Deutsche Bank has announced plans to buy back £3.5bn of its debt in an attempt to demonstrate its financial strength.
The move follows a collapse in the share price of Germany’s biggest bank, which has wiped 40% off its stock market value since the start of the year. The bank has provided the focus this week of mounting concern about the strength of the global banking sector.
After a volatile week of trading, which began on Monday with a 9.5% slump in its shares, the bank’s shares moved higher on Friday. They were up 10% although the rally slipped back to 8% after the bond buy-back was announced.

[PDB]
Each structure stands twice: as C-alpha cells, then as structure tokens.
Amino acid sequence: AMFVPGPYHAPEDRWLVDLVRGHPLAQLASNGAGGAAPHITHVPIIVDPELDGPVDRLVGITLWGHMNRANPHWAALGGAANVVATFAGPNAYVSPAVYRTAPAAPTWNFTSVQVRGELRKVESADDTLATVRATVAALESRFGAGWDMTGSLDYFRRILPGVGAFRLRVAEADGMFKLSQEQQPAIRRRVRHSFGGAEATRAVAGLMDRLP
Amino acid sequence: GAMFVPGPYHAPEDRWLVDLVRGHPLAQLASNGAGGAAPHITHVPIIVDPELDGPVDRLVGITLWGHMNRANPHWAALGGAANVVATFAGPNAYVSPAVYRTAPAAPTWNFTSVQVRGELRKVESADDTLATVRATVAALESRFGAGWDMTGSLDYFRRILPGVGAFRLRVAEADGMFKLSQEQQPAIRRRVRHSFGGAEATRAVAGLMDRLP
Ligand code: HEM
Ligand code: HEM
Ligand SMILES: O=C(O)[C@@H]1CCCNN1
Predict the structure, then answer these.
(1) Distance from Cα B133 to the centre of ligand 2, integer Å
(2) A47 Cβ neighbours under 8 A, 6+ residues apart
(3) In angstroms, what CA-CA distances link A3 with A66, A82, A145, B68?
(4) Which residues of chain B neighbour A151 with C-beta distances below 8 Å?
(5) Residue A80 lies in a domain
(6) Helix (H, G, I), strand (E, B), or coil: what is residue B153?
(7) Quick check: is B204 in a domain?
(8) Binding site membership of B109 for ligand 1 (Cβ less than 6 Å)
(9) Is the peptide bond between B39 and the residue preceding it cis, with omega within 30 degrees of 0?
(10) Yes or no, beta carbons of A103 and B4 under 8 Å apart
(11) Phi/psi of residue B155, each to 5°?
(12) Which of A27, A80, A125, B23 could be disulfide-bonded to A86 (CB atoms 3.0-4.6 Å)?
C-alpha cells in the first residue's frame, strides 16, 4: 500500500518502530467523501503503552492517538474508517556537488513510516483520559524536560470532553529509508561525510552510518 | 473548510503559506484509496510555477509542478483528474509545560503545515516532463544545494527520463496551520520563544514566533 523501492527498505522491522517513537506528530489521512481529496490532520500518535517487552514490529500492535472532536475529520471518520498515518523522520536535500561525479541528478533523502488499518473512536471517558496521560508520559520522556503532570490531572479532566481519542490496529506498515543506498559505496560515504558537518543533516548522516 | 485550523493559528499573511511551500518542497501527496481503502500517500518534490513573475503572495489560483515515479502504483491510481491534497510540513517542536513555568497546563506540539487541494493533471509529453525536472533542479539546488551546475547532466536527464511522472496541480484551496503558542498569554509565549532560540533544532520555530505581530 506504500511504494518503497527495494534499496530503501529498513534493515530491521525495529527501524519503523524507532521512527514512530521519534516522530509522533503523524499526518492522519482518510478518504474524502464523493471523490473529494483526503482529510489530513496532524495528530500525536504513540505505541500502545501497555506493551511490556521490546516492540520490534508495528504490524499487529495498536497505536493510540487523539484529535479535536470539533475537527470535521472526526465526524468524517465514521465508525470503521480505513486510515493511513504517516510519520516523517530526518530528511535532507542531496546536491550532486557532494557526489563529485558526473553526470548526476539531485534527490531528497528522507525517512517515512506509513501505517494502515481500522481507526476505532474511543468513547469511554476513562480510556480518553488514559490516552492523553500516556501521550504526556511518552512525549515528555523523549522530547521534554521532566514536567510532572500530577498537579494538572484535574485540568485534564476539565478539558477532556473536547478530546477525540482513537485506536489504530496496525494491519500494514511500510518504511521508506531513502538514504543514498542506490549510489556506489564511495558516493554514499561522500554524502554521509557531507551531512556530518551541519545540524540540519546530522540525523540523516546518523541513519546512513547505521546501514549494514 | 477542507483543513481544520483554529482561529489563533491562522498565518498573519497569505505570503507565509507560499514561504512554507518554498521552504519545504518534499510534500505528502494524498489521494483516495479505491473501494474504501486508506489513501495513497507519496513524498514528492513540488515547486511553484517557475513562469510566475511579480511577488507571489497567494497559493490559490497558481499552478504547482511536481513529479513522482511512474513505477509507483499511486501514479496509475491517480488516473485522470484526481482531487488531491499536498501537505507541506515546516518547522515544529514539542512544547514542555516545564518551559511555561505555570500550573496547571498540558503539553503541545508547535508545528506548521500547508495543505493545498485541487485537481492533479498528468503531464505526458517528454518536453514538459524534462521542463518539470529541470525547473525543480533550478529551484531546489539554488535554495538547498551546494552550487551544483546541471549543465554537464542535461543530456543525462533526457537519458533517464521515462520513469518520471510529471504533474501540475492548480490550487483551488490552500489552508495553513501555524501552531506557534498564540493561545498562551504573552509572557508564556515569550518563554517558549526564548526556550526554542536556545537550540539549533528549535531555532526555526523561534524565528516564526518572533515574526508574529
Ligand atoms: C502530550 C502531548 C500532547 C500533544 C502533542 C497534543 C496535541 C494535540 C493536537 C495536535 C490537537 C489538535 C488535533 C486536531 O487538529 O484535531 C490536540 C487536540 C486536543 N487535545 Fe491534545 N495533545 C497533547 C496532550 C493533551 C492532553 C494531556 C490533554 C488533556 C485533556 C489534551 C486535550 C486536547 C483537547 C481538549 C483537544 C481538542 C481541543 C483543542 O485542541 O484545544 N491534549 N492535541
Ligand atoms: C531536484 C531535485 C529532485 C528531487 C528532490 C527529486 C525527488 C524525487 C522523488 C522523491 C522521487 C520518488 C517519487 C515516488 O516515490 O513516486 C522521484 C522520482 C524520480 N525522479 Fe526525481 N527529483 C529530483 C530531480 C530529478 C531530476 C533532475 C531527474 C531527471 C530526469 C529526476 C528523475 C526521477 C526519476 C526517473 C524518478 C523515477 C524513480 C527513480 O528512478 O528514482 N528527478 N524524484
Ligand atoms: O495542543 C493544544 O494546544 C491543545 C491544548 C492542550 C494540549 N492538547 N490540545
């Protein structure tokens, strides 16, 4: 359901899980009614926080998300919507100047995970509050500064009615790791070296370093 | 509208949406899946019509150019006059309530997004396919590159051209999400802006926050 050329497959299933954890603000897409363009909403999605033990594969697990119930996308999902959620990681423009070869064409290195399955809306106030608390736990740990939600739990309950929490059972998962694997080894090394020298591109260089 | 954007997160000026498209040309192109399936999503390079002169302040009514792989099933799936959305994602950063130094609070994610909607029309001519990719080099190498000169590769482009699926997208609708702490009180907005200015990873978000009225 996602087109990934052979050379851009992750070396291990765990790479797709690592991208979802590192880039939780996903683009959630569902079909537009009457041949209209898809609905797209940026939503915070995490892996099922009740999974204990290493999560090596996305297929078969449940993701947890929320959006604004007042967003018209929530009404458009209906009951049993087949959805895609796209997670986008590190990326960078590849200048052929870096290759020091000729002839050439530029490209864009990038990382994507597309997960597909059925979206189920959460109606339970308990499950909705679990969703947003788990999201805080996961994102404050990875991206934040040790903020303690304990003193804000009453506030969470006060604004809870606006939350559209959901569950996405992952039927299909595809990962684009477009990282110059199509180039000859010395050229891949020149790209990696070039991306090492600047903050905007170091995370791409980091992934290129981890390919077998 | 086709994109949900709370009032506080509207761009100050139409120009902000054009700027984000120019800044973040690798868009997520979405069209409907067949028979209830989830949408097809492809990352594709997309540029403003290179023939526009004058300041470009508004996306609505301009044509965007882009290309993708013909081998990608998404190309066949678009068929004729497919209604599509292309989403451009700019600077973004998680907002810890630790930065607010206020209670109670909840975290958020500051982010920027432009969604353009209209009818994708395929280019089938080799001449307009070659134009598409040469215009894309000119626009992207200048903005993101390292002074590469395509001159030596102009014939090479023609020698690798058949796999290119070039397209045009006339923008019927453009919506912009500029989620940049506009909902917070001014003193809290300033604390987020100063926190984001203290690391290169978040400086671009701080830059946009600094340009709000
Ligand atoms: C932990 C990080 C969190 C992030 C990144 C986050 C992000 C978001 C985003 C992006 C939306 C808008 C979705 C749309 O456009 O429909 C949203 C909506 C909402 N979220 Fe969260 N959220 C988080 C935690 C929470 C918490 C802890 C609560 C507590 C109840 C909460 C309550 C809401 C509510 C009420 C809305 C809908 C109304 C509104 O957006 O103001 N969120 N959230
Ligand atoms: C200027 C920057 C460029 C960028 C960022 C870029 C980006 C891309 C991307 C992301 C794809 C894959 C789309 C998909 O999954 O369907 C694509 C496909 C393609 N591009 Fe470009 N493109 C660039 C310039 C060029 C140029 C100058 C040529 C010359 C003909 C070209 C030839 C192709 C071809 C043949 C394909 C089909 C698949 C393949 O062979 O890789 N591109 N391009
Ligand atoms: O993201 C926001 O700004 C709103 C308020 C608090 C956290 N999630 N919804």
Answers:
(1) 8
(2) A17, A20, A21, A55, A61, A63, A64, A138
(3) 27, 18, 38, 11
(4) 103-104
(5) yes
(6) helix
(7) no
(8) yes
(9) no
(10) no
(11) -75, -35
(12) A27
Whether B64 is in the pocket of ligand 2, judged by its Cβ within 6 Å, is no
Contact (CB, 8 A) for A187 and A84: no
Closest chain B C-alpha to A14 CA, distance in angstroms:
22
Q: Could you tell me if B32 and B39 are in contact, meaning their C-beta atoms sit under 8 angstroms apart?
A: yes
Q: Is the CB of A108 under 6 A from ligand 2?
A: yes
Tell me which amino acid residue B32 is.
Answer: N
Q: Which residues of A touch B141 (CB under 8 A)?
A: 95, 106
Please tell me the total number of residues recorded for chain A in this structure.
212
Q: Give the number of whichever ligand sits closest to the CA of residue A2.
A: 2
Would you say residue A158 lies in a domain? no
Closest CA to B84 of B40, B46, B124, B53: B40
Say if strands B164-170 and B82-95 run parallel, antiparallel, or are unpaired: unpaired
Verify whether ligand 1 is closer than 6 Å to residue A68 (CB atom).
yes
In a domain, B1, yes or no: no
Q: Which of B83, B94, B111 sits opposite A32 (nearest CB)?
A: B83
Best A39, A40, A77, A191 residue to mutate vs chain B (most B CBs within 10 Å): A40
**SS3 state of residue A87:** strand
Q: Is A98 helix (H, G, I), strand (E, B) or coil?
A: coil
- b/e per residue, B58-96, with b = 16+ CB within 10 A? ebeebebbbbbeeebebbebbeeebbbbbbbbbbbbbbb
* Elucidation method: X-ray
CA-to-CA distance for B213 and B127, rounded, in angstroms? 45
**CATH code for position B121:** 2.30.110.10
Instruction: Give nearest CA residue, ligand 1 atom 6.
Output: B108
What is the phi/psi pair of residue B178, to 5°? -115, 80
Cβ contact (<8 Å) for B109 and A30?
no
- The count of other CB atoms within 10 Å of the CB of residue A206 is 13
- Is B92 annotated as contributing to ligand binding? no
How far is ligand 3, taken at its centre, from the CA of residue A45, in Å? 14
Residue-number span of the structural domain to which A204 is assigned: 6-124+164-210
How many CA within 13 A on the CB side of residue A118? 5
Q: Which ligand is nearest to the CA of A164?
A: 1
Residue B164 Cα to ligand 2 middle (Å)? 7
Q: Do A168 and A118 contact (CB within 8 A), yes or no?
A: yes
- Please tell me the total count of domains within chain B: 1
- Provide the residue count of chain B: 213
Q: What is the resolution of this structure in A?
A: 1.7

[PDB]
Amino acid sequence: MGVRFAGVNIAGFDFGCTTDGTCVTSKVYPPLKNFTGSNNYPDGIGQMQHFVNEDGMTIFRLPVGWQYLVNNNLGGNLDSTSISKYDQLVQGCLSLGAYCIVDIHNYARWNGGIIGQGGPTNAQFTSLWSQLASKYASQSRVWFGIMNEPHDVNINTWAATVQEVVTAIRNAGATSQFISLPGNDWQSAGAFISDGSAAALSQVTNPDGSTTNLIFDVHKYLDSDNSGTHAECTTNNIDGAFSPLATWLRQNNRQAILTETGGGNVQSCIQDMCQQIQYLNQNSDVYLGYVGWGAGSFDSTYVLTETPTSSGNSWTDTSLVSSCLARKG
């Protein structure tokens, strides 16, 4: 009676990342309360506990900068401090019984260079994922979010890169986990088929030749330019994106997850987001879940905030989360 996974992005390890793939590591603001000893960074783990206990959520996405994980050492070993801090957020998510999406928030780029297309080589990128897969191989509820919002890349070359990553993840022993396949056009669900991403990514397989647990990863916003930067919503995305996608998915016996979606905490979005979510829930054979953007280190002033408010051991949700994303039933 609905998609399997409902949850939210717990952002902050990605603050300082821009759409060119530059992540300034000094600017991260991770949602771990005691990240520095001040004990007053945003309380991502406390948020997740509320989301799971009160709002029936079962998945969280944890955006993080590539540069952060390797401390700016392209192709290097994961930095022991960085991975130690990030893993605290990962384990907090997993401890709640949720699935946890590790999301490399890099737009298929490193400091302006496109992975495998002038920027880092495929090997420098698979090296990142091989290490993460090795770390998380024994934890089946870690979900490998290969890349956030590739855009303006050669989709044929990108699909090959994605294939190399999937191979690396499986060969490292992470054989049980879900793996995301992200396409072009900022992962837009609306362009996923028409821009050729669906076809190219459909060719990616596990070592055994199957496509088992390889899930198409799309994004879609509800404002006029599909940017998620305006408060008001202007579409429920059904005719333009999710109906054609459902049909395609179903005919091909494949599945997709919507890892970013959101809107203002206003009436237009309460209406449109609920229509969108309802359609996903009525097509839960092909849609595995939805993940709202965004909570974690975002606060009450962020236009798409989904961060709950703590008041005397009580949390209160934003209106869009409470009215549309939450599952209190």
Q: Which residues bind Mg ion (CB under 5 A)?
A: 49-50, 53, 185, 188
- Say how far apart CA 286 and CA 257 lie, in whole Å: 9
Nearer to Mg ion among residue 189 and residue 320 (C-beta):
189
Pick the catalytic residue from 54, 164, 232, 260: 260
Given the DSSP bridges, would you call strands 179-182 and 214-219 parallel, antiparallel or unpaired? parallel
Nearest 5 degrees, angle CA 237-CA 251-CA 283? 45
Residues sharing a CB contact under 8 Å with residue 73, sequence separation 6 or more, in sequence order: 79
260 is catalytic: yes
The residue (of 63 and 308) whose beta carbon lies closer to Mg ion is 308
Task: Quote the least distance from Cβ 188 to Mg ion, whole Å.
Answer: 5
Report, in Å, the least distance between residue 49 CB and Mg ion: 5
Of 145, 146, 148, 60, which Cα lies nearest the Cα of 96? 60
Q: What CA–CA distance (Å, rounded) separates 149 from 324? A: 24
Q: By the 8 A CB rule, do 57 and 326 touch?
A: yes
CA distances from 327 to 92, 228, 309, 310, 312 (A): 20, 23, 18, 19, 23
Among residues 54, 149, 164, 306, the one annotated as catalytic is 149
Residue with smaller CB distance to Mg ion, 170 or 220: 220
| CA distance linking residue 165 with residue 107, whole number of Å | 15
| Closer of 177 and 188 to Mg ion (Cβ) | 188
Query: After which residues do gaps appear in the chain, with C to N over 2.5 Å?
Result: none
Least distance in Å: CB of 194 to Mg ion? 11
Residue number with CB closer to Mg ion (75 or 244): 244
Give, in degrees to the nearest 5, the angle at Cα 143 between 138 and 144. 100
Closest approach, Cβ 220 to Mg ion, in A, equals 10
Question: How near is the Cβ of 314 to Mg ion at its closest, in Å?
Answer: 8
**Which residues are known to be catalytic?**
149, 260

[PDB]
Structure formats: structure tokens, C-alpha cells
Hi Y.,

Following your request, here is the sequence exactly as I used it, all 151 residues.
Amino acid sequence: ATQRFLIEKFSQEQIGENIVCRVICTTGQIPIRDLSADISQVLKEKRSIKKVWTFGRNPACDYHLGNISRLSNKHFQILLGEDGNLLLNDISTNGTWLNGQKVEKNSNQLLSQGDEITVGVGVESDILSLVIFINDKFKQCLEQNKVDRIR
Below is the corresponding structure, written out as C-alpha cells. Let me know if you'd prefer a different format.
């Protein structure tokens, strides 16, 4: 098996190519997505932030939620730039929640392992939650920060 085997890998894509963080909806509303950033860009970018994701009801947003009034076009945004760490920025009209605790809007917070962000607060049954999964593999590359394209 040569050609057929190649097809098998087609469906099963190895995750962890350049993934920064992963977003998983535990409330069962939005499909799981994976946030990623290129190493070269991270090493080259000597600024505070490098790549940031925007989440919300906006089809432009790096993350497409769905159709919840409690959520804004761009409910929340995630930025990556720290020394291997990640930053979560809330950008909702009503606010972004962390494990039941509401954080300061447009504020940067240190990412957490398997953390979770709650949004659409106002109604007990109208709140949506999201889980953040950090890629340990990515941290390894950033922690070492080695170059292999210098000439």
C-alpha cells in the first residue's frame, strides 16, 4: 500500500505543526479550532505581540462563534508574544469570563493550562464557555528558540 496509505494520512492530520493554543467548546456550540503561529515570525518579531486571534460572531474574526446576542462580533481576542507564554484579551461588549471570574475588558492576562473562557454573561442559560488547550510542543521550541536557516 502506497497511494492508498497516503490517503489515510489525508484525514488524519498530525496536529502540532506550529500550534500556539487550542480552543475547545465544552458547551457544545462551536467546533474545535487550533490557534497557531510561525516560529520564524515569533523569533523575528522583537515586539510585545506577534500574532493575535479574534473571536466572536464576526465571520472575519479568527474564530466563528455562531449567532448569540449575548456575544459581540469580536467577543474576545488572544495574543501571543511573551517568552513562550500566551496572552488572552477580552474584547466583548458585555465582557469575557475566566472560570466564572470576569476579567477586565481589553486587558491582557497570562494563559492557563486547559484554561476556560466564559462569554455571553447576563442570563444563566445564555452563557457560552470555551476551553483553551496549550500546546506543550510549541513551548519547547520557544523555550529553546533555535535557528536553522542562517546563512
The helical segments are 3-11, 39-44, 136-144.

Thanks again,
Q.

The bond buy-back follows the personal intervention of the bank’s chief executive, John Cryan, a Briton, to shore up confidence in the bank. He wrote to staff on Tuesday to reassure them that the bank was “rock solid” despite the sustained pressure it was under on the stock market.
Deutsche’s bonds have also been in focus because of concerns it might not be able to make payments on a new type of bond intended to be converted into shares during a crisis. The bank has denied such concern.
The bonds it is offering to buy back are more conventional bonds. The bank said that its “strong liquidity position” means it could offer to buy back €3bn (£2.3bn) of debt and $2bn (£1.38bn) of debt issued in dollars.
This article was written by Jill Treanor, for theguardian.com on Friday 12th February 2016 14.21 Europe/Londonguardian.co.uk © Guardian News and Media Limited 2010